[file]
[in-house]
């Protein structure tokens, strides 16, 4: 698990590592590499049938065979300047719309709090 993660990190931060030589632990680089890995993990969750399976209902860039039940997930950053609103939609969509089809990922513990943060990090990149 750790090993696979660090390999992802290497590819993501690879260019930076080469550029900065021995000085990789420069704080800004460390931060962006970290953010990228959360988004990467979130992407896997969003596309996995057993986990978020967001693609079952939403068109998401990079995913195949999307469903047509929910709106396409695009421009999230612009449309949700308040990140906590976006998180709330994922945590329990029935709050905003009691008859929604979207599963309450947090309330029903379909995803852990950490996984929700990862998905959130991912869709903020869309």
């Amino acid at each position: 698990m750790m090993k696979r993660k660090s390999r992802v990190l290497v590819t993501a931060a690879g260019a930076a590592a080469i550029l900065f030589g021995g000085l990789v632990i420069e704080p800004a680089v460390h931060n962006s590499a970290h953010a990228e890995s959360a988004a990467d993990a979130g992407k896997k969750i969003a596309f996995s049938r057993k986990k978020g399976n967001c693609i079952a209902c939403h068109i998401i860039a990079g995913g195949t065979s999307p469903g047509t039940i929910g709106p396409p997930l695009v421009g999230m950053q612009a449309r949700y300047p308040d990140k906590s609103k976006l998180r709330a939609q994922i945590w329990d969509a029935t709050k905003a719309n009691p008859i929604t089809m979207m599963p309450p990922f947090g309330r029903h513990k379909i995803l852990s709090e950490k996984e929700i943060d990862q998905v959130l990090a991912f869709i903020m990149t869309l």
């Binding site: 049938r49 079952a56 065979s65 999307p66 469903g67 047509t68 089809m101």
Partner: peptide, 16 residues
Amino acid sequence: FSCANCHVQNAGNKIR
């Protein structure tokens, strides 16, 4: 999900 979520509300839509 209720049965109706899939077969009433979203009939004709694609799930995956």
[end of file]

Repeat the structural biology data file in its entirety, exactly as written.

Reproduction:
[in-house]
């Protein structure tokens, strides 16, 4: 698990590592590499049938065979300047719309709090 993660990190931060030589632990680089890995993990969750399976209902860039039940997930950053609103939609969509089809990922513990943060990090990149 750790090993696979660090390999992802290497590819993501690879260019930076080469550029900065021995000085990789420069704080800004460390931060962006970290953010990228959360988004990467979130992407896997969003596309996995057993986990978020967001693609079952939403068109998401990079995913195949999307469903047509929910709106396409695009421009999230612009449309949700308040990140906590976006998180709330994922945590329990029935709050905003009691008859929604979207599963309450947090309330029903379909995803852990950490996984929700990862998905959130991912869709903020869309």
């Amino acid at each position: 698990m750790m090993k696979r993660k660090s390999r992802v990190l290497v590819t993501a931060a690879g260019a930076a590592a080469i550029l900065f030589g021995g000085l990789v632990i420069e704080p800004a680089v460390h931060n962006s590499a970290h953010a990228e890995s959360a988004a990467d993990a979130g992407k896997k969750i969003a596309f996995s049938r057993k986990k978020g399976n967001c693609i079952a209902c939403h068109i998401i860039a990079g995913g195949t065979s999307p469903g047509t039940i929910g709106p396409p997930l695009v421009g999230m950053q612009a449309r949700y300047p308040d990140k906590s609103k976006l998180r709330a939609q994922i945590w329990d969509a029935t709050k905003a719309n009691p008859i929604t089809m979207m599963p309450p990922f947090g309330r029903h513990k379909i995803l852990s709090e950490k996984e929700i943060d990862q998905v959130l990090a991912f869709i903020m990149t869309l």
């Binding site: 049938r49 079952a56 065979s65 999307p66 469903g67 047509t68 089809m101």
Partner: peptide, 16 residues
Amino acid sequence: FSCANCHVQNAGNKIR
């Protein structure tokens, strides 16, 4: 999900 979520509300839509 209720049965109706899939077969009433979203009939004709694609799930995956």